Lumbosacral Corsets Improve the Outcome of Patients with Non-Specific Acute Low Back Pain

Aruyaru Stanley Mwenda1, Akil Fazal1, Hassan Saidi1, 2, Parmenas Oroko1

  1. Aga Khan University Hospital, Nairobi

  2. University of Nairobi

Correspondence to: Dr. Stanley Aruyaru, P.O Box 25-10100 Nyeri, Kenya.

Email: arumwesta@gmail.com.

Abstract

Introduction: Low back pain (LBP) is a common global problem affecting 60-90% of the population in their lifetime. It is a leading reason for hospital admission, healthcare spending, workplace absenteeism and years lived with disability. Up to 90% of patients suffering from low back pain do not have serious pathology warranting imaging or further intervention. These are categorized as having non- specific low back pain. This has a good prognosis running a short course of 3 to 6 weeks. The use of corset as physical therapy for non-specific acute LBP has not been clearly supported with scientific evidence. However, it is commonly prescribed for this category of patients. It is important to assess the effect of this modality on the outcome of patients with non- specific acute LBP. Methods: This study aimed to assess the outcome of patients with non-specific acute low back pain treated with a corset in addition to a standard analgesic protocol compared to those on a standard analgesic protocol alone over 3- week duration at the Aga Khan University Hospital, Nairobi, Kenya. Results: Seventy-nine patients were analyzed. There was a significant effect of time on the Oswestry Disability Index (ODI) (F= (1.38, 106.56) =207.89, P=.000). There was a statistically significant difference in the ODI score between the two arms favoring the intervention arm (F (1, 27) =4.23, p=.043). The difference in pain score and days off duty was not statistically significant. The number of days off duty was comparable between the two arms. Compliance with to use of corset was good with mean of 1 day off the corset. The maximal change in both ODI and pain scores occurred between the first and second reviews indicating maximum clinical improvement within the first week. Conclusion: Compared to use of analgesia alone, the use of additional corset among patients with non-specific acute LBP resulted in a significant improvement in their back-specific disability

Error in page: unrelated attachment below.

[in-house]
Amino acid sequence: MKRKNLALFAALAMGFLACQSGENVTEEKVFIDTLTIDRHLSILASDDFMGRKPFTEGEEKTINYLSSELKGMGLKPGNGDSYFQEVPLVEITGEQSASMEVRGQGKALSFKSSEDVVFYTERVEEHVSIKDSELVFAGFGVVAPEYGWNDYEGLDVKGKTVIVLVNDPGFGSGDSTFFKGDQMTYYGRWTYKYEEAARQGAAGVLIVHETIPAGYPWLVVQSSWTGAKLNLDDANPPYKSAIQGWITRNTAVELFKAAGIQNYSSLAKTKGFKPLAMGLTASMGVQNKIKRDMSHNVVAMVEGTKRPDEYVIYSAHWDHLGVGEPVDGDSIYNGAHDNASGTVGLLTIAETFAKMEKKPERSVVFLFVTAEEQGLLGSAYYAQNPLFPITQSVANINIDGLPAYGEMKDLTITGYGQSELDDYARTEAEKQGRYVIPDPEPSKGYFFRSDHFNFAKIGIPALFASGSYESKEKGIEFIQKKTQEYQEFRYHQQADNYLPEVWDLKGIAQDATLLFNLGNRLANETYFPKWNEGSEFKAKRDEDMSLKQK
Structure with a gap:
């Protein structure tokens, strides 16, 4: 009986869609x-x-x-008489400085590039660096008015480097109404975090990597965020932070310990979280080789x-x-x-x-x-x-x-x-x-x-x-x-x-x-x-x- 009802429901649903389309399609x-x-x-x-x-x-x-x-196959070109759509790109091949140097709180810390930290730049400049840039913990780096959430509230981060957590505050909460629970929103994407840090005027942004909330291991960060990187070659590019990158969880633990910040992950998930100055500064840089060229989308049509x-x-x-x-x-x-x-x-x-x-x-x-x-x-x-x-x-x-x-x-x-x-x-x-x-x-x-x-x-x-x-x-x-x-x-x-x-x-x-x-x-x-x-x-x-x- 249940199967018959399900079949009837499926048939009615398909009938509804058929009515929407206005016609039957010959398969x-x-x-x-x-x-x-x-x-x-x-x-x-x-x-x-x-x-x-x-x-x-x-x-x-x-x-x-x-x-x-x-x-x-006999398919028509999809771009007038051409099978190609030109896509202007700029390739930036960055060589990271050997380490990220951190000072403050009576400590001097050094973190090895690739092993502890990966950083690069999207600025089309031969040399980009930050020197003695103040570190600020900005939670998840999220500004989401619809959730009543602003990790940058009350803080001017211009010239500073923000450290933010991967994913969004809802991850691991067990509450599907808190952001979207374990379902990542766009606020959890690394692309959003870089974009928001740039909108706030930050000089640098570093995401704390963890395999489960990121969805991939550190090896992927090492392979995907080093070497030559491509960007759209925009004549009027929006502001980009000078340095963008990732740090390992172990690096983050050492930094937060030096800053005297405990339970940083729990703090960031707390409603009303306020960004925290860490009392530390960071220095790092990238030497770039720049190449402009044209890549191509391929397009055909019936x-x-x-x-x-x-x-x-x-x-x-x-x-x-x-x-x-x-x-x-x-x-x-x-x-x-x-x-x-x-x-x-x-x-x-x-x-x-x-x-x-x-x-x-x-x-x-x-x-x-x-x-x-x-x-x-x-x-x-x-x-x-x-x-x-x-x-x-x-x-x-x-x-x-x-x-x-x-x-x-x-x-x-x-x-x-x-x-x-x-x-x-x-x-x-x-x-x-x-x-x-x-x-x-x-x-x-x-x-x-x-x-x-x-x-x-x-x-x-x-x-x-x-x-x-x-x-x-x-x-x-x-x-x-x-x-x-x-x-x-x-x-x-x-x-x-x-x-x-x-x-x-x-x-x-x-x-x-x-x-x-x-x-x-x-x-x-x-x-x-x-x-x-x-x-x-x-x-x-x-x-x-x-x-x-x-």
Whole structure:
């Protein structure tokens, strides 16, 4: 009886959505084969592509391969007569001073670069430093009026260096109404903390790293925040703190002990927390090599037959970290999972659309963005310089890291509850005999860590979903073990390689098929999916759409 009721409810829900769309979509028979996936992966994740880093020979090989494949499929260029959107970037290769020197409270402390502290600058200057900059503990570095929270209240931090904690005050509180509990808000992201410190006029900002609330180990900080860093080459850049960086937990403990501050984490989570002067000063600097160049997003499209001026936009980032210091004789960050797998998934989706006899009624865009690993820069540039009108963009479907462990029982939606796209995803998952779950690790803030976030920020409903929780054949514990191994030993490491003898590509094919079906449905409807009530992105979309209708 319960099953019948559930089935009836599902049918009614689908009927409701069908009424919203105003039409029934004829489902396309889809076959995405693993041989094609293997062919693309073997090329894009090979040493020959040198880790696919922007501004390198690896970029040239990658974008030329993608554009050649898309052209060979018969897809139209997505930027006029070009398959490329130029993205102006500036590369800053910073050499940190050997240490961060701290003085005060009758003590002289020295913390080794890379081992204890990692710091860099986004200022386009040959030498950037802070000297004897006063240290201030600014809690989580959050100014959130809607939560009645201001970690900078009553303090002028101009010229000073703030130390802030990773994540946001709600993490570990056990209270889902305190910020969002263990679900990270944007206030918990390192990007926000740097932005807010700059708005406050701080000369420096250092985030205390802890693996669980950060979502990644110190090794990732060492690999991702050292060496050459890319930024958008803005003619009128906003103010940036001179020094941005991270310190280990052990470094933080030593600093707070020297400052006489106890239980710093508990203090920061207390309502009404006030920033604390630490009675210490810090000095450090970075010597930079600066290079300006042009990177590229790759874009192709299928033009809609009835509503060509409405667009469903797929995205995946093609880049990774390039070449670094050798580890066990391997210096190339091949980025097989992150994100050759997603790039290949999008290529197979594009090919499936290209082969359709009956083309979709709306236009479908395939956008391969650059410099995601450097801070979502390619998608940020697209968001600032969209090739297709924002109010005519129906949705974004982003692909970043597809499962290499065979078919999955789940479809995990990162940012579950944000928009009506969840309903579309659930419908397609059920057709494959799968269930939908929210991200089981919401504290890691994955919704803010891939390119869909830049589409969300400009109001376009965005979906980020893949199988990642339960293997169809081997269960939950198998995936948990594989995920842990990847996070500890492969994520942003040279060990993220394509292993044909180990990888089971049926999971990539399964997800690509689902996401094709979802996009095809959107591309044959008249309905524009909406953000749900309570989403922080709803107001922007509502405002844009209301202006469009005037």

Keywords: Non-Specific Low Back Pain, Lumbosacral Corset, Disability

Ann Afr Surg. 2017;14(1): 35-39.

DOI: http://dx.doi.org/10.4314/aas.v14i1.7

© 2017 Annals of African Surgery. This work is licensed under the Creative Commons Attribution 4.0 International License.

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